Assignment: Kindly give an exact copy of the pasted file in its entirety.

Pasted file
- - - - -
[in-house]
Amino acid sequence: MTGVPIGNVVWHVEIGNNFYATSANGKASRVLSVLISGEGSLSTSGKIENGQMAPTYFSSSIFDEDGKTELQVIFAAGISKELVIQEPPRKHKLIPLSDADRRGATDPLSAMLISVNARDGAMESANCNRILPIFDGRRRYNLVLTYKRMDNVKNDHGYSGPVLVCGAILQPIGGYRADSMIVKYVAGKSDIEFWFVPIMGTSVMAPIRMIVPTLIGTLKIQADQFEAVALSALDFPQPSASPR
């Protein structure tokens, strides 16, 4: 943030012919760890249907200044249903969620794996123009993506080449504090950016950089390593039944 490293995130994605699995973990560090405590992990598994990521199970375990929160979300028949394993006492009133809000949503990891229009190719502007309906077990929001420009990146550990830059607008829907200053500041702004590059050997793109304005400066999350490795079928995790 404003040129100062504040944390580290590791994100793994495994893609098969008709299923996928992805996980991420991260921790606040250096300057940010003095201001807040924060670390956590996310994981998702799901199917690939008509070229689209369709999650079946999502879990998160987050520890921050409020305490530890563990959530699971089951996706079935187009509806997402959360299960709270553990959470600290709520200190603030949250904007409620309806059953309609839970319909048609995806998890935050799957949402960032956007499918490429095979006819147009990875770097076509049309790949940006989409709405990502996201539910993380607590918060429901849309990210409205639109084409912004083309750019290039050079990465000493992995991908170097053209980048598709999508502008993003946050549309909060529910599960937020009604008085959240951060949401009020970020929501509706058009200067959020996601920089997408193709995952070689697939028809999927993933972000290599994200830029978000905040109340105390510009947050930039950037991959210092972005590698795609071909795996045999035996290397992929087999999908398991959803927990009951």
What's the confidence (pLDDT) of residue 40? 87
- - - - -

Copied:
[in-house]
Amino acid sequence: MTGVPIGNVVWHVEIGNNFYATSANGKASRVLSVLISGEGSLSTSGKIENGQMAPTYFSSSIFDEDGKTELQVIFAAGISKELVIQEPPRKHKLIPLSDADRRGATDPLSAMLISVNARDGAMESANCNRILPIFDGRRRYNLVLTYKRMDNVKNDHGYSGPVLVCGAILQPIGGYRADSMIVKYVAGKSDIEFWFVPIMGTSVMAPIRMIVPTLIGTLKIQADQFEAVALSALDFPQPSASPR
């Protein structure tokens, strides 16, 4: 943030012919760890249907200044249903969620794996123009993506080449504090950016950089390593039944 490293995130994605699995973990560090405590992990598994990521199970375990929160979300028949394993006492009133809000949503990891229009190719502007309906077990929001420009990146550990830059607008829907200053500041702004590059050997793109304005400066999350490795079928995790 404003040129100062504040944390580290590791994100793994495994893609098969008709299923996928992805996980991420991260921790606040250096300057940010003095201001807040924060670390956590996310994981998702799901199917690939008509070229689209369709999650079946999502879990998160987050520890921050409020305490530890563990959530699971089951996706079935187009509806997402959360299960709270553990959470600290709520200190603030949250904007409620309806059953309609839970319909048609995806998890935050799957949402960032956007499918490429095979006819147009990875770097076509049309790949940006989409709405990502996201539910993380607590918060429901849309990210409205639109084409912004083309750019290039050079990465000493992995991908170097053209980048598709999508502008993003946050549309909060529910599960937020009604008085959240951060949401009020970020929501509706058009200067959020996601920089997408193709995952070689697939028809999927993933972000290599994200830029978000905040109340105390510009947050930039950037991959210092972005590698795609071909795996045999035996290397992929087999999908398991959803927990009951």
What's the confidence (pLDDT) of residue 40? 87